Articles derived from yogacharya Sharat Arora (Anand Sagar) Teachings

8 Unearthing Abundances with Yoga and Permaculture

Permaculture and Yoga are two systems which give guidance for how to live integrated, balanced lifestyles. In this article I will explore how the two systems speak similar languages and what they can reveal to us on the topics of abundance and wealth.

Permaculture has it’s roots in farming. It’s pioneer, Bill Mollison, in the 60s began to explore holistic approaches to design for agriculture, many of which had been employed by our ancestors for years but brushed by the wayside to make space for industrial mass food production. The Permaculture approach recognises that humans are but one element amongst many, in a vast and complex system of life, and that for our survival to be secured we must understand and respect our place within it. Since its conception permaculture has become a design philosophy which has multitudinous applications, from land, to community, to the self.

In a technical sense Yoga refers to a far reaching range of ‘values, attitudes and techniques that has developed in India over the past five millennia’. The word ‘Yoga’ comes from the verbal root ‘to yoke’, implying ‘union’. Amongst many definitions yoga can be equated to a state of ‘ecstasy’ in which one becomes liberated. George Feuerstein, in his book ‘The Yoga Tradition’ succinctly describes how ‘liberation is not a technique but a way of being in the world without being of it’. This suggests having an understanding of the systems of this earth without being overly reliant on them. Yoga shares a common aim with Permaculture for finding unity in the world through a deep understanding of oneself, one’s environment and our higher purpose within it.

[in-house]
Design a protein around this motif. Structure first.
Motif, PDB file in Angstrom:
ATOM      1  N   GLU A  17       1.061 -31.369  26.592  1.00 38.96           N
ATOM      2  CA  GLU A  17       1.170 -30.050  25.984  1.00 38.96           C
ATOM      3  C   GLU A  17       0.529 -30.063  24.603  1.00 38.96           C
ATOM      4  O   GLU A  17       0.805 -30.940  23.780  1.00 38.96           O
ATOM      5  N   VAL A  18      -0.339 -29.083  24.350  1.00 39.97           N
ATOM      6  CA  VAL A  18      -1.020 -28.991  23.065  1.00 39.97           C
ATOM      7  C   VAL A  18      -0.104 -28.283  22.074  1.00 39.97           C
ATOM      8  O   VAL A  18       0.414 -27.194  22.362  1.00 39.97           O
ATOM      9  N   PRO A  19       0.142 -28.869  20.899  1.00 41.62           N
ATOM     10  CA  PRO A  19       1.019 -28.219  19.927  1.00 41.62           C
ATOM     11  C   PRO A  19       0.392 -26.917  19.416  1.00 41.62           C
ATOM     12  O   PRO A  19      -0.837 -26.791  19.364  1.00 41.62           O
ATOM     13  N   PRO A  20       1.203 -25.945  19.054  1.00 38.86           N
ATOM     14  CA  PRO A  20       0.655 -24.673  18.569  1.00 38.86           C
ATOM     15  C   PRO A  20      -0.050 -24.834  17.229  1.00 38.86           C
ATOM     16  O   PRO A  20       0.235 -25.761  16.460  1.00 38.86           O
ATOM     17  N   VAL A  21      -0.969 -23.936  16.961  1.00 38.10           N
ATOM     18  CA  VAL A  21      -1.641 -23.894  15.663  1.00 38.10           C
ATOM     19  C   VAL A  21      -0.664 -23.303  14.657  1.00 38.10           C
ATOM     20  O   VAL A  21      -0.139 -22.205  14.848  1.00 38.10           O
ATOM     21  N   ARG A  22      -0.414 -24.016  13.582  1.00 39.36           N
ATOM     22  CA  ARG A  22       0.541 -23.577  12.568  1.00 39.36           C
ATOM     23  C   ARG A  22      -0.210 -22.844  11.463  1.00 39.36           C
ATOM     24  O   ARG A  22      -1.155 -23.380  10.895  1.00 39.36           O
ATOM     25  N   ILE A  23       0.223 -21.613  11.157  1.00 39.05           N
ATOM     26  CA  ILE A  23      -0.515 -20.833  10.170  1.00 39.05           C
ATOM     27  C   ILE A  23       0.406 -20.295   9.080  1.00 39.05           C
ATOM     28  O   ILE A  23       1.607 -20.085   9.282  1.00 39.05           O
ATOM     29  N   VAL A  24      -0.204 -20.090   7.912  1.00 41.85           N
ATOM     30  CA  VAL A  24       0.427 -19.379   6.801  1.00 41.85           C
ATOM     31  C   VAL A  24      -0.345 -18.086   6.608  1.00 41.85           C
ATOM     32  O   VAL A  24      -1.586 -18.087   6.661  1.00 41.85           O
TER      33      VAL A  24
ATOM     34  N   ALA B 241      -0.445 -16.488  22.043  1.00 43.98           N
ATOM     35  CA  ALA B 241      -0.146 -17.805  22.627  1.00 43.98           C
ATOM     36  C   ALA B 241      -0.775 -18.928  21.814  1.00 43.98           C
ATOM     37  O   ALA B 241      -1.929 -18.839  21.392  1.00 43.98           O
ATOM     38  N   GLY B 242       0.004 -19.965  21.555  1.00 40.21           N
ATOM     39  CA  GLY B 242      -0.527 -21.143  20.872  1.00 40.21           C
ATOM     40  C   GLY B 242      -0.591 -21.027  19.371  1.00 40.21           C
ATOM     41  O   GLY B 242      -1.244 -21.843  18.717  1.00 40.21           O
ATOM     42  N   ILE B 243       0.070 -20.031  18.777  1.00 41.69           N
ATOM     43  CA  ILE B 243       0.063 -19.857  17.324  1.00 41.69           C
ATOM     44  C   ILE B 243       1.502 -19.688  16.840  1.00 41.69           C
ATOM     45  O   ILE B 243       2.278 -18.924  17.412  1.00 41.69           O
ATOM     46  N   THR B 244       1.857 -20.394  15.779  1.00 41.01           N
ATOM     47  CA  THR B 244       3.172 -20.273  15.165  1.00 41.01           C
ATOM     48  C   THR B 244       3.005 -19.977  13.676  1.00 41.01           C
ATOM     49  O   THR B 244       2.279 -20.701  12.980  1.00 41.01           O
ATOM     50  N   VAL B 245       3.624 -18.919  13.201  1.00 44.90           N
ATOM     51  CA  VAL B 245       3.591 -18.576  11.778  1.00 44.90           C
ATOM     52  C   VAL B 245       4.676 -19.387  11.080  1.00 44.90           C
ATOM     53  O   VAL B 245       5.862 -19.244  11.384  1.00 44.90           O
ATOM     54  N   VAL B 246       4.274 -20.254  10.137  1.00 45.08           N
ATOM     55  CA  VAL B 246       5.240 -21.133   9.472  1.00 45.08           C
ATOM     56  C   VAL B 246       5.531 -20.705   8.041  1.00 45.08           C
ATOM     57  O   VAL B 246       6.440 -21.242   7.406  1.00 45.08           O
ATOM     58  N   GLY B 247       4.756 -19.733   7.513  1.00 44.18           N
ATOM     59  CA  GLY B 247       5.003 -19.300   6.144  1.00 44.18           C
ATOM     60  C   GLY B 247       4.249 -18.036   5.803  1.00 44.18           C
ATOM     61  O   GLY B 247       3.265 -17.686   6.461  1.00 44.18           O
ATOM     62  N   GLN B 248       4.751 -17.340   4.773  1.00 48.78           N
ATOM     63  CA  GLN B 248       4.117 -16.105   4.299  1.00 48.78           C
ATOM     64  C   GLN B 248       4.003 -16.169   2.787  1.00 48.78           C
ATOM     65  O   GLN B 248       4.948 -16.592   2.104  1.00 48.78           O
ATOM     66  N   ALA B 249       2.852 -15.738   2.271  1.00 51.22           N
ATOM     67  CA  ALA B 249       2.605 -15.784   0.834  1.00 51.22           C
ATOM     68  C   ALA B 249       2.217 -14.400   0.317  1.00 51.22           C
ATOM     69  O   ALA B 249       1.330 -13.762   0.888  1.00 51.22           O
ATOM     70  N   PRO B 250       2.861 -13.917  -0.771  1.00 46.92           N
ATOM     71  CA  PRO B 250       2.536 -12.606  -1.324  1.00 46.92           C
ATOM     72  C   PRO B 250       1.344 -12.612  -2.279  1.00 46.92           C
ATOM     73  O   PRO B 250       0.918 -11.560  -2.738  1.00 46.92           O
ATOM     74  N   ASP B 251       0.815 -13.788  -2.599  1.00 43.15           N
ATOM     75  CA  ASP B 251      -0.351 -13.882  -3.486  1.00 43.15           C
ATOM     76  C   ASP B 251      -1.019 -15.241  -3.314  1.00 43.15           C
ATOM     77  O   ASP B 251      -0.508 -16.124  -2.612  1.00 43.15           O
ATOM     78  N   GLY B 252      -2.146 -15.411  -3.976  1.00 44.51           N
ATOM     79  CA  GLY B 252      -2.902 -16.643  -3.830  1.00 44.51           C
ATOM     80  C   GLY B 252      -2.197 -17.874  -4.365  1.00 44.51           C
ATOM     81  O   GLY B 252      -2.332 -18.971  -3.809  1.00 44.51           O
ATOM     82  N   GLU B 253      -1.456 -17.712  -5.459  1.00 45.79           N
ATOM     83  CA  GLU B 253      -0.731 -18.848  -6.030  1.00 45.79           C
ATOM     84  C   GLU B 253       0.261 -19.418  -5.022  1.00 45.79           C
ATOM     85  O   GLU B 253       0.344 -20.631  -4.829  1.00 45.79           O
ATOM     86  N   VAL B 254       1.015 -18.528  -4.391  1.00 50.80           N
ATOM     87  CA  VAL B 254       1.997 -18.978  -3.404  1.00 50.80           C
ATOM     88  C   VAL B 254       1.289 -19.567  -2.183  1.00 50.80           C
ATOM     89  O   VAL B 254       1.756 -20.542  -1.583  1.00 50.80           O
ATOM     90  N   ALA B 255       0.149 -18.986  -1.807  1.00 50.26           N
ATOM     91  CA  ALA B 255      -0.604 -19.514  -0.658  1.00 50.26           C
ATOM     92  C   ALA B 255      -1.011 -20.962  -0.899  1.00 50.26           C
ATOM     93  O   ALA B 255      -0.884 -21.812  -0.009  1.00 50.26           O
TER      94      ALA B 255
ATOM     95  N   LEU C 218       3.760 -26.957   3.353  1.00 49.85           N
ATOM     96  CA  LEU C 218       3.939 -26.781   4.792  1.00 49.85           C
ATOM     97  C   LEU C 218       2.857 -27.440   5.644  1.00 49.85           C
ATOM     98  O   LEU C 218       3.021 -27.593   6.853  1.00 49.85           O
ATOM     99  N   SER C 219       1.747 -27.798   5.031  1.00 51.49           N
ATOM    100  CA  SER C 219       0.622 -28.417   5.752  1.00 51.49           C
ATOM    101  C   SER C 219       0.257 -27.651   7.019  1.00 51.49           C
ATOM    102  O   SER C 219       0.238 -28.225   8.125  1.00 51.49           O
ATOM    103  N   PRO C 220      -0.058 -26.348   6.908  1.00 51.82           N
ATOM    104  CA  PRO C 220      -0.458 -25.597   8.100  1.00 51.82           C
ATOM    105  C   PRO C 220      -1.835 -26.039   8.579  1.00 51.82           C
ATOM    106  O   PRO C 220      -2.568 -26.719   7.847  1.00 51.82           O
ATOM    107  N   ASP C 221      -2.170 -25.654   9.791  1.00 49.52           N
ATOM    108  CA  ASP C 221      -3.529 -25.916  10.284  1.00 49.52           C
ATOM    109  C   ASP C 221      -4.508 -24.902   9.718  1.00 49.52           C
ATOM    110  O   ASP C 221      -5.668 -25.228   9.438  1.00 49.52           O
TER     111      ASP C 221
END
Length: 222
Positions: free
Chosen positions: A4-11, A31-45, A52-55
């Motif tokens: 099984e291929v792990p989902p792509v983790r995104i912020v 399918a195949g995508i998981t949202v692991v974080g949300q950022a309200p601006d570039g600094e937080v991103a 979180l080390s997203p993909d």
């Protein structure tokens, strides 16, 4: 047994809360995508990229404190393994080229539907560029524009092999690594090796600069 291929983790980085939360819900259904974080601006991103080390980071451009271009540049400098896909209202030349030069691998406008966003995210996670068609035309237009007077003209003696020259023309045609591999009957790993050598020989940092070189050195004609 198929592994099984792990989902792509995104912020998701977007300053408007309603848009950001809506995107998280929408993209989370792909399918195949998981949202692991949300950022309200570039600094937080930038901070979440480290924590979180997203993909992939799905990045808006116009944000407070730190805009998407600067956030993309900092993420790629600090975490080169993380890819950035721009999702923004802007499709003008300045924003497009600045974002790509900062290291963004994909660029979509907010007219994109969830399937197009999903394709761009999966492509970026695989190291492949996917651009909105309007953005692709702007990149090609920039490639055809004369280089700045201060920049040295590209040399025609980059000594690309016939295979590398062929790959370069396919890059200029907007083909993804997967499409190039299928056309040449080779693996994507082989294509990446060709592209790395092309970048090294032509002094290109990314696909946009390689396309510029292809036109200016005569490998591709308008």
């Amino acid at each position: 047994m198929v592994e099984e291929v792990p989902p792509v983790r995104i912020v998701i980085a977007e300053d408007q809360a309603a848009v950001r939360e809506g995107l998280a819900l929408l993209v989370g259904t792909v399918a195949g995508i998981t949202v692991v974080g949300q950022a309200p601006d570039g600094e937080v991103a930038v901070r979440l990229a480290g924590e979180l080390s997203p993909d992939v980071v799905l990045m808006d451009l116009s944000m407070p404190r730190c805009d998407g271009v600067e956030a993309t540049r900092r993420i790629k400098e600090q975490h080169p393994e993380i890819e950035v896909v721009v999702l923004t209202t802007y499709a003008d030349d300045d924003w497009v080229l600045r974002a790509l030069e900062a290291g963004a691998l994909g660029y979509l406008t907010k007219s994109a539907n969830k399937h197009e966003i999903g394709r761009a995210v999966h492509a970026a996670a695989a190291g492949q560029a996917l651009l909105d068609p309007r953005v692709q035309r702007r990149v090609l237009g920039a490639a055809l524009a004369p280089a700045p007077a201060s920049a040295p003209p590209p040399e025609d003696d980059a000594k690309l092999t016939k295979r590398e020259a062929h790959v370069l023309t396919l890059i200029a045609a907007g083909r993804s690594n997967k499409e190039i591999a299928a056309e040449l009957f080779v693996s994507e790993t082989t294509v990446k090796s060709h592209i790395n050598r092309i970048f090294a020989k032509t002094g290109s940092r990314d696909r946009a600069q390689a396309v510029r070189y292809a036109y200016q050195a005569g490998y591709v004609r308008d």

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To Be Free in an Unfree Society

Let’s first specify what is freedom and what is not. We have certain freedoms in our society. We don’t live in tyranny and we can talk freely. However, we are not talking about the surface, we want to go deeper. Let’s find out in our life whether there are some forces from society, but also within ourselves that push us into doing things.